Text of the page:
Barry immediately provided a spark by getting to the line and saved terrible defense on an inbounds pass with the most remarkably athletic play — certainly of the season, likely of his career — in a chase down block that brought visions of LeBron James and kept it a one-score contest. It also immediately led to a Chiozza game-tying layup on the other end.

Between White’s defensive motivation, Allen’s mid-game hero ball and some other-wordly plays to end the contest, Florida has taken a season that was on the brink just two weeks ago and turned it into one that could result in a Final Four berth for the second time in four years.

In order to accomplish that, the Gators have some work cut out for themselves. Considering Florida tipped off at 10:13 p.m. ET on Friday — the latest local start time for a UF non-exhibition game since at least 1998 — and did not finish the contest until minutes before 1 a.m. on Saturday, it will have just 37 hours between games.

That’s good news for the seven-seed South Carolina Gamecocks, which decimated three-seed Baylor 70-50 earlier Friday at MSG.

Florida and South Carolina will meet in a showdown of the nation’s top-four defenses on Sunday at 2:20 p.m. ET live on CBS.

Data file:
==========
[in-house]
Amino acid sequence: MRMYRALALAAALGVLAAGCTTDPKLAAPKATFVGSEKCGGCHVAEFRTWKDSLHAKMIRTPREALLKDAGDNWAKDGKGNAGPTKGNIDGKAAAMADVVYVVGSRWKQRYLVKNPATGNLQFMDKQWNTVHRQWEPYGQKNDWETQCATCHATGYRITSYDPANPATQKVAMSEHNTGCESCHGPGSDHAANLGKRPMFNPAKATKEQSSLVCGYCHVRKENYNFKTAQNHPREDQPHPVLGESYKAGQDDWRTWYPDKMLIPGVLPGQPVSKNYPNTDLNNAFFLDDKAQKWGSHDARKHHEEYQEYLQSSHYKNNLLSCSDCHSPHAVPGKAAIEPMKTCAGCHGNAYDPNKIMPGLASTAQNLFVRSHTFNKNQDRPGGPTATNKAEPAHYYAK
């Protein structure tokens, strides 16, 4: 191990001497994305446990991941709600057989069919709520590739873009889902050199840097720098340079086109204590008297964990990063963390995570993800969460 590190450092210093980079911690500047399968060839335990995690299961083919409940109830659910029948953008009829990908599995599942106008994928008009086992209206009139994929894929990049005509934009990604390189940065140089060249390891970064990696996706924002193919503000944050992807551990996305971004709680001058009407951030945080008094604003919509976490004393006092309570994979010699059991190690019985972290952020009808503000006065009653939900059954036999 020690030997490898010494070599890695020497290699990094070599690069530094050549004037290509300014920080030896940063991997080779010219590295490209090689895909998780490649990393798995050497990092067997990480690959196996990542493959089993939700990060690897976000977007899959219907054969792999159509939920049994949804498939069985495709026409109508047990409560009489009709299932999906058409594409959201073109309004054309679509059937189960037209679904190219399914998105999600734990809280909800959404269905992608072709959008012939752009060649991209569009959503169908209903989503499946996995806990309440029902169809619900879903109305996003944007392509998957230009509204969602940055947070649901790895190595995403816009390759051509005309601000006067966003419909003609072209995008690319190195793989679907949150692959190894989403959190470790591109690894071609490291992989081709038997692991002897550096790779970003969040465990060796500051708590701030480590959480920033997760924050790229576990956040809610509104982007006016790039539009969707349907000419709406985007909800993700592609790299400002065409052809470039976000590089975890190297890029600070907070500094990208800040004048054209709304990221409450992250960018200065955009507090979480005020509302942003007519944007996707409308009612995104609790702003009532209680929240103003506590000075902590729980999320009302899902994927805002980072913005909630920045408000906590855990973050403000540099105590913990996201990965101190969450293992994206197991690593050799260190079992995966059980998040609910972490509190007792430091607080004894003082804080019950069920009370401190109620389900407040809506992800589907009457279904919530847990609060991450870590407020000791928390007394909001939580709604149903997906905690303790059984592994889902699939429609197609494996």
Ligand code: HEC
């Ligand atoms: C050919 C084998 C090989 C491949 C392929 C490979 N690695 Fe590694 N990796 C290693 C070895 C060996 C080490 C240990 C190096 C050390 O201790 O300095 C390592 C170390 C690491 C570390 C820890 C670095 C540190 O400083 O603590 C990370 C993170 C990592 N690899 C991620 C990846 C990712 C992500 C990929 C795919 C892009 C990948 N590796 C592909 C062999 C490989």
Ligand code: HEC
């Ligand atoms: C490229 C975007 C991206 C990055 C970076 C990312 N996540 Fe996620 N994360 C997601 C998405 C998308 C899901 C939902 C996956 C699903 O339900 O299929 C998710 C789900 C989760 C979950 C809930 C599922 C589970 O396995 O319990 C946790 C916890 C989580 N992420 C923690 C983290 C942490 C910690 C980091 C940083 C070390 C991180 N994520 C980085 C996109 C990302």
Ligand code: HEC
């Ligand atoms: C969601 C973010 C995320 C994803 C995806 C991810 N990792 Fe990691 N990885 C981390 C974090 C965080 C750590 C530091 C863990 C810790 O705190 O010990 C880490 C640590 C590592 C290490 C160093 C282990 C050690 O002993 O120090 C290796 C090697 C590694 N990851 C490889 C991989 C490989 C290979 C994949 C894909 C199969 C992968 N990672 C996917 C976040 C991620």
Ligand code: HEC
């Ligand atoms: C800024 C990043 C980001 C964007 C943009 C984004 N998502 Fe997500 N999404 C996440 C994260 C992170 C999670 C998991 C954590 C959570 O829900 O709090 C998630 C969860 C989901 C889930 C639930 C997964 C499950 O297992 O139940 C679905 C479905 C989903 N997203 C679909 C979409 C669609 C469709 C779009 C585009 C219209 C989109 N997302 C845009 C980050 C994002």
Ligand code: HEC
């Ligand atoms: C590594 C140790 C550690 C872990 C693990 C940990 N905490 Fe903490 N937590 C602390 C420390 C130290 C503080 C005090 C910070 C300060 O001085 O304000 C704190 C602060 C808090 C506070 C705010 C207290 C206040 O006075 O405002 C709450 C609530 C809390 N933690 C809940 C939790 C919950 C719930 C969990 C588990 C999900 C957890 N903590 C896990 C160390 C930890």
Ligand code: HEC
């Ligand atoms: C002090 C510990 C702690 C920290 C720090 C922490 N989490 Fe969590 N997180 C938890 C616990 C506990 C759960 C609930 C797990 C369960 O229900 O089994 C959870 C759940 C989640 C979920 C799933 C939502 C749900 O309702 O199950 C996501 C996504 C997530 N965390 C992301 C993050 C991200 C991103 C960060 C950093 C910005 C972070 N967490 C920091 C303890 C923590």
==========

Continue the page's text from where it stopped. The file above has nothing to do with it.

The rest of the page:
“[It’s going to be] a battle. We’re both two tough defensive teams, and we take pride in the defensive end,” said Chiozza. “We know each other well, so it’s going to be a grind it out game, probably down to the wire just like this one. And it’s just going to be what team’s the toughest one and who can keep the composure and be disciplined the whole 40 minutes.”

The Gators and Gamecocks split their regular-season series with each team winning its home game. Sunday’s de facto rubber match will give Florida a chance to advance to the Final Four for the sixth time in program history, while South Carolina even being this far is a first for its squad.

These teams are not alone in the Elite Eight round, however, as two-seed Kentucky has also made its way in out of the South Region. That puts three Southeastern Conference teams in the Elite Eight with no other league boasting more than one. In fact, the Gators (Big Ten), Gamecocks (Big 12) and Wildcats (Pac-12) each beat a different conference to advance. UK will have an opportunity to knock off an ACC foe in one-seed North Carolina in the late game Sunday.

“SEC basketball, do we have some momentum? Yeah, I think so. I do. … We have three in the Elite Eight,” White said. “And who knows, I mean, I think the SEC’s going to be better next year, I really do. With the guys that are coming back, and again the young talent that will continue to grow within our league.”

But that’s a conversation for another time.

In terms of the events of Saturday morning, The City That Never Sleeps earned its nickname once again and may need to find some room for a new one, The Big Cheese.